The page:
The festival runs from 23-29 May. Prominent attendees from overseas this year include: Alan Hollinghurst, Lewis Lapham (editor of Harper's Magazine), Tariq Ali, David Suzuki, Jared Diamond, Alice Sebold, Simon Singh, and Harold Bloom will talk via satellite. Australian writers in attendance include: Larissa, Behrendt, Carmel Bird, Stephen Carroll, Li Cunxin, Robert Dessaix, Delia Falconer, Helen Garner, Sonya Hartnett, Tom Keneally, David Malouf, Robert Manne, Roger McDonald, Alex Miller, Frank Moorhouse, Eva Sallis, Morry Schwartz, and Robyn Williams. Looks like a pretty comprehensive list covering all tastes.
The Centre for Youth Literature is presenting "Reading Matters", a 3-day literary event at the State Library of Victoria, from 12-14 May, 2005. International and Australian guest speakers and panel members include:
I guess I'm a bit early mentioning this year's Sydney Writers' Festival, given that it runs from 23-29 May, but I thought it better to give you at least a bit of notice, rather than my normal 24 hours. Not much news on the website as yet, though it appears that Simon Singh and David Suzuki are attending. The program will be released on April 16, on the website as well as in "The Sydney Morning Herald".
The 2005 John O'Brien Bush Festival will be held from March 16th to 20th in Narrandera in New South Wales. This is both a celebration of John O'Brien and bush poetry generally. Some 6,000 people are expected to attend this year. John O'Brien, 1878-1952, only published two collections of verse during his lifetime - Around the Boree Log, and The Parish of St. Mel's - but is best known for one work: "Said Hanrahan" with its classic refrain - "We'll all be rooned," said Hanrahan.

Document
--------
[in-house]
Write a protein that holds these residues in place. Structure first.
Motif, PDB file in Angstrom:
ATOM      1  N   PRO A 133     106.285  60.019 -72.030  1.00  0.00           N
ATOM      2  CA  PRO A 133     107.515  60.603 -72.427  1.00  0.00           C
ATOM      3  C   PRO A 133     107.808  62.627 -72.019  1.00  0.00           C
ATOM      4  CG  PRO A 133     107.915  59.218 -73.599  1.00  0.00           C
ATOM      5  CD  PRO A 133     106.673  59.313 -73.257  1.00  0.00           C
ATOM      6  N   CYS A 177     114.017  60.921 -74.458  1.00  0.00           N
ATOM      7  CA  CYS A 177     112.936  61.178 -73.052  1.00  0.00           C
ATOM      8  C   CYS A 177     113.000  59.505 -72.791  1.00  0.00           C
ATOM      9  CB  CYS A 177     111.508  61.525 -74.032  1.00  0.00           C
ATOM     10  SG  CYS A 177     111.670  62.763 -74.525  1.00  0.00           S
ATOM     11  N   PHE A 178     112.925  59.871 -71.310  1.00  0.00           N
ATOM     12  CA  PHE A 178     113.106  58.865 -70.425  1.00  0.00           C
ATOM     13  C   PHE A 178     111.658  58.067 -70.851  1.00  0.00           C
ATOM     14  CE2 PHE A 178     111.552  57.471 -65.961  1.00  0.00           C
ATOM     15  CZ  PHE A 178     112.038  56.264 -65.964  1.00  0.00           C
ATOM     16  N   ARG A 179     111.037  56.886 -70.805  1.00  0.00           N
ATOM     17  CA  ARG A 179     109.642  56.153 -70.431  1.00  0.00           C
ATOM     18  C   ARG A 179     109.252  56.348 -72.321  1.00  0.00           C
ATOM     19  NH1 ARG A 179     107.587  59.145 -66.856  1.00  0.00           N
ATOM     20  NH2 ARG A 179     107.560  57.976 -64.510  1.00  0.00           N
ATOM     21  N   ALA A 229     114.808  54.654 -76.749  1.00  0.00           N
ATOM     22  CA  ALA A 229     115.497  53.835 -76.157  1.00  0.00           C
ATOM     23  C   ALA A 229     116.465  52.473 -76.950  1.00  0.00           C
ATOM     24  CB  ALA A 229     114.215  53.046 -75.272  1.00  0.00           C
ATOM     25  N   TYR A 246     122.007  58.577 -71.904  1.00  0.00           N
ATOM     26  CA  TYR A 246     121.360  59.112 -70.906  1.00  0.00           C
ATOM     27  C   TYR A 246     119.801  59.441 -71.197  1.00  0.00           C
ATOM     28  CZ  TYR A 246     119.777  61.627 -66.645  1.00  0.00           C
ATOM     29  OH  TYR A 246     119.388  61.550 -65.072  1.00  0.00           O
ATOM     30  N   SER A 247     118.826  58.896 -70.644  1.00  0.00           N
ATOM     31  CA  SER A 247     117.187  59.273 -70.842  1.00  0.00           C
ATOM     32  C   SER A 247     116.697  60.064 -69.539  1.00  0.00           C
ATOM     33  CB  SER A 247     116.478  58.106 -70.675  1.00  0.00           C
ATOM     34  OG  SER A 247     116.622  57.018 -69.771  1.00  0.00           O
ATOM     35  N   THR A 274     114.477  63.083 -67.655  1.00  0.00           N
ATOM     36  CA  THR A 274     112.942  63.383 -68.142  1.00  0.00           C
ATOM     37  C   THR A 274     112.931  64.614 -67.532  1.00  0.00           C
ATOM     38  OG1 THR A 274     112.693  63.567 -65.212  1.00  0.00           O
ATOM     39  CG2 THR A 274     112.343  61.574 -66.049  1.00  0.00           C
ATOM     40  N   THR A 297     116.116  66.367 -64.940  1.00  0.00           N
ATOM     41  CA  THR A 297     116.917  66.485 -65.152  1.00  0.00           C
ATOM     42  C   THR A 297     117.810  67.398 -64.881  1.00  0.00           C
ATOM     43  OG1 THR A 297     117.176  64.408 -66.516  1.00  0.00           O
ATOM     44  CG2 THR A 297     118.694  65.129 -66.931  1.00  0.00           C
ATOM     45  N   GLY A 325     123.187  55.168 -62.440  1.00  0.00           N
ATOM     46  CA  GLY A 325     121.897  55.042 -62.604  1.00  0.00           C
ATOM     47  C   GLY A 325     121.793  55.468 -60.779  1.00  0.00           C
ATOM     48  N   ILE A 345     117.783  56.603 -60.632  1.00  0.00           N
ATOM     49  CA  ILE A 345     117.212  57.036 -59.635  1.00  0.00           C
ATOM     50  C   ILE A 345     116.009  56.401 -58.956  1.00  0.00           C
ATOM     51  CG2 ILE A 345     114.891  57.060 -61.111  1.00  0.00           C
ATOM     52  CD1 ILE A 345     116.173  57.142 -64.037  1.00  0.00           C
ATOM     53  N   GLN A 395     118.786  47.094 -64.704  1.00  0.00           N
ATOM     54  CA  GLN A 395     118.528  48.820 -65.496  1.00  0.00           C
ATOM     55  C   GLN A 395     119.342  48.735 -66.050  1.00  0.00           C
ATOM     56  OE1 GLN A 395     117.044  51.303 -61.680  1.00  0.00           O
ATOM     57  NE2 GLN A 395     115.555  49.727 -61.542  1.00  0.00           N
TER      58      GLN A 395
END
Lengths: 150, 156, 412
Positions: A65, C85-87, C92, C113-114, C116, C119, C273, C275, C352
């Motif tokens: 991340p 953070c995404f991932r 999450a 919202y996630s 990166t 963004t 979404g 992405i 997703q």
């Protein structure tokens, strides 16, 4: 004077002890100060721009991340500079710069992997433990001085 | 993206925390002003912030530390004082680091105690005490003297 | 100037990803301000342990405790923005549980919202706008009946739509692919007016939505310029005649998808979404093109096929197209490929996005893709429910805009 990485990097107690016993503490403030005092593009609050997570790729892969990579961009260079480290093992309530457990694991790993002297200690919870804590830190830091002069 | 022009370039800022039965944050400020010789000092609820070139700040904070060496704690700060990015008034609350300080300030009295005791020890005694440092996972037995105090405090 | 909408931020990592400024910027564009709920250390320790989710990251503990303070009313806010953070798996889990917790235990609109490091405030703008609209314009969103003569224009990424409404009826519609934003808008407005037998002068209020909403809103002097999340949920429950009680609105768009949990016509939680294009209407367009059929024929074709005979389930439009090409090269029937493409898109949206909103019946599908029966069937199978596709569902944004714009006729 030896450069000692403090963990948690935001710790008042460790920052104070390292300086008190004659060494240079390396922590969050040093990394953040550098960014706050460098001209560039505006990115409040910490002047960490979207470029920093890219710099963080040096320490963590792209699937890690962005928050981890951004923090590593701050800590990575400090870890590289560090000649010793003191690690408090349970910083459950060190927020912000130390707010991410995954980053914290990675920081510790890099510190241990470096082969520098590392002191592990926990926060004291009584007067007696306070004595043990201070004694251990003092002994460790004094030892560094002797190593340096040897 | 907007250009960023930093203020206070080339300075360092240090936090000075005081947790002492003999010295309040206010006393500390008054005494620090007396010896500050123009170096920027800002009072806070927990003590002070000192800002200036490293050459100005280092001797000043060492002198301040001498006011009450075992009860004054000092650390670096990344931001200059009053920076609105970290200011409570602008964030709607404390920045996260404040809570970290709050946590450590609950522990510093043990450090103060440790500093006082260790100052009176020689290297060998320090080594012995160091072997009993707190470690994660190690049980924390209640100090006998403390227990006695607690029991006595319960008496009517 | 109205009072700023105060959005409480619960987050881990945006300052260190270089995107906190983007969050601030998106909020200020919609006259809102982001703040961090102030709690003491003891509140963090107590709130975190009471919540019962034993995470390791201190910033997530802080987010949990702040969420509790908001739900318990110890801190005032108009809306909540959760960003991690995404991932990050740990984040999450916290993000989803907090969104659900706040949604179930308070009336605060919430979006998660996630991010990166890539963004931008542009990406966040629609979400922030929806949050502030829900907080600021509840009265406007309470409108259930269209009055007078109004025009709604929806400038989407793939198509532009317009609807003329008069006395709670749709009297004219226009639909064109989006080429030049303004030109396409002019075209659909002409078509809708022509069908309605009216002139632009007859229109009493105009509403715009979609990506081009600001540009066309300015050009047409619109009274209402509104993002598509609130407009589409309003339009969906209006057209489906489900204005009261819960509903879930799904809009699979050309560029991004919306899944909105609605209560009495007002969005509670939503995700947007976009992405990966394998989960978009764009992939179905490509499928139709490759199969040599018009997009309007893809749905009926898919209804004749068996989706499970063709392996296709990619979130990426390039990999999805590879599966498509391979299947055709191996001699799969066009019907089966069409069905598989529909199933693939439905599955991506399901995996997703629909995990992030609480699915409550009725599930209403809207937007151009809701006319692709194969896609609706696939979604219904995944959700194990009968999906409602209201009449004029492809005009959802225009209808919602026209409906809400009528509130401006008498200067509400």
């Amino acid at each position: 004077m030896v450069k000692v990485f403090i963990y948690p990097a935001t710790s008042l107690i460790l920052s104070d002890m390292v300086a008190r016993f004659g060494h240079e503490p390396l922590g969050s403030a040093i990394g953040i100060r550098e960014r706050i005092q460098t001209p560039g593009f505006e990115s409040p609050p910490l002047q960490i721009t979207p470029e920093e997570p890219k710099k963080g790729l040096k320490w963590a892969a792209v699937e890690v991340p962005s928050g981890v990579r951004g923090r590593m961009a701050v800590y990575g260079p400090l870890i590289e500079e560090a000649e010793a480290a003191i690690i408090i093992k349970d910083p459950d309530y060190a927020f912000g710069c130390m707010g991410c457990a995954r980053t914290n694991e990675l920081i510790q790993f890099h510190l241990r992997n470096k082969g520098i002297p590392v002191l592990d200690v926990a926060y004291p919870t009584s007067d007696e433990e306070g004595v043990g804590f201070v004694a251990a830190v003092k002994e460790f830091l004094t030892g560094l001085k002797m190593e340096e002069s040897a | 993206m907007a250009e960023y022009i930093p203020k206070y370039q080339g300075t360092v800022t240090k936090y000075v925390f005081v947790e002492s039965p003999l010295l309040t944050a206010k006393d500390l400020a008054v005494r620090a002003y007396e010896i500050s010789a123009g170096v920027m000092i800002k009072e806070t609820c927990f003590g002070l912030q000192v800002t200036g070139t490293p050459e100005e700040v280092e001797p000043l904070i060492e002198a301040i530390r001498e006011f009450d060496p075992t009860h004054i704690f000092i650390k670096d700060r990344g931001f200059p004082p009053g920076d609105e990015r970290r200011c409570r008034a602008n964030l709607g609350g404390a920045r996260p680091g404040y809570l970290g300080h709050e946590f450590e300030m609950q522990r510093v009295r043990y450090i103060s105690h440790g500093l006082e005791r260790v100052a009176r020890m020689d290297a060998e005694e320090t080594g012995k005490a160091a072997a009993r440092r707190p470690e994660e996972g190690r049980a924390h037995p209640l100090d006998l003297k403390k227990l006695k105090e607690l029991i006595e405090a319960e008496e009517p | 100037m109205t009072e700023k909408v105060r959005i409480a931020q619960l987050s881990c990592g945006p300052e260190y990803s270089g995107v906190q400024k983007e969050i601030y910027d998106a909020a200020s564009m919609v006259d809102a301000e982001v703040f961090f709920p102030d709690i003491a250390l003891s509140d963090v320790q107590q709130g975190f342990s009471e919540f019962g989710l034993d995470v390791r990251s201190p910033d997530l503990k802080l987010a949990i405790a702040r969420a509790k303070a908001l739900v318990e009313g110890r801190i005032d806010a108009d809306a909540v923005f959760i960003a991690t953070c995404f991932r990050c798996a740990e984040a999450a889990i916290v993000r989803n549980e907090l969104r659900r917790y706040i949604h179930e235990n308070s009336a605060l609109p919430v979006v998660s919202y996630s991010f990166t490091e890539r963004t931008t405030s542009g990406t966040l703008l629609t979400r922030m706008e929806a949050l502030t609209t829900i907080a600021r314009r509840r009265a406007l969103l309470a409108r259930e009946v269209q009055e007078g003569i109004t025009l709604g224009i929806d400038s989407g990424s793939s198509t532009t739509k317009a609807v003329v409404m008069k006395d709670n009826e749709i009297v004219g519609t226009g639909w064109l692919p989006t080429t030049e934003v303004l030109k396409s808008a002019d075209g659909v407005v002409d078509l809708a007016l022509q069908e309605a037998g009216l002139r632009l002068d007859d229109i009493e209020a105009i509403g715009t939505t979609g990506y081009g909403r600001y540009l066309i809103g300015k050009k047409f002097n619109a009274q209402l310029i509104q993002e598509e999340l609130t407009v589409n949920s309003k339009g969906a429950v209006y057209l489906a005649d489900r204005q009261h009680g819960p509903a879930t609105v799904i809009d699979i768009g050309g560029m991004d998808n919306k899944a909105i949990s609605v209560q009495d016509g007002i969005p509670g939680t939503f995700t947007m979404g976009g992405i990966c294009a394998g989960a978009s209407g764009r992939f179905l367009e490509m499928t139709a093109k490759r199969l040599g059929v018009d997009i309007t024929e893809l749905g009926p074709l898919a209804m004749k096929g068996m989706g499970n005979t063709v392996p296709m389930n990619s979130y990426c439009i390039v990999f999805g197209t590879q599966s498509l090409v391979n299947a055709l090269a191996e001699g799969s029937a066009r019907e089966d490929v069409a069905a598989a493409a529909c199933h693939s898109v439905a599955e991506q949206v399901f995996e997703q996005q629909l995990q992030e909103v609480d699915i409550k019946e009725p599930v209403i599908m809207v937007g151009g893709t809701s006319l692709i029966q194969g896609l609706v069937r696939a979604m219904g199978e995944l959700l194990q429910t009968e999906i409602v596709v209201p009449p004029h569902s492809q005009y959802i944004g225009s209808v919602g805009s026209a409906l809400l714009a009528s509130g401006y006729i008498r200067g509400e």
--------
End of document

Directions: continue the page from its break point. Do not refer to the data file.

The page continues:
Bruce Elder, who "agrees", and Susan Wyndham, who "disagrees", argue the topic in today's "Sydney Morning Herald". Elder's point is that the festivals are just a PR exercise aimed to selling more "units". Wyndham argues that they can be used by readers to "sample" books across a range of genres. Actually, I don't think either of these are true. I think a lot of readers go to festivals or conventions to see writers of whom they are already enamoured. They want a bit "more" than they have already received by reading the books. Not all of them but a significant number.
Poetry Unhinged is a festival of poetry that runs from Sunday 13th March to Sunday 20th March, in and around the City of Onkaparinga in South Australia. For those unsure, this region starts about 20 to 30 kilometres south of Adelaide and encompasses the McLaren Vale winery region. The first event in the festival is titled Mad About Poetry to be held in the Noarlunga College Theatre Foyer in the Noarlunga centre - free entry. Other events include: Poetry and Chocolate - Turkish Delights, Poetry and Chocolate - Dark and Crunchy, Candles, Wine and Classics, and Poetry Unhindered - Beat Poet Night. Reading poetry while drinking McLaren Vale shiraz and eating chocolate? Yes, I can relate to that concept.
The 2005 Perth International Arts Festival: Writers' Week starts today (February 17th) and runs though till February 23rd. Full details of the program are available on the web.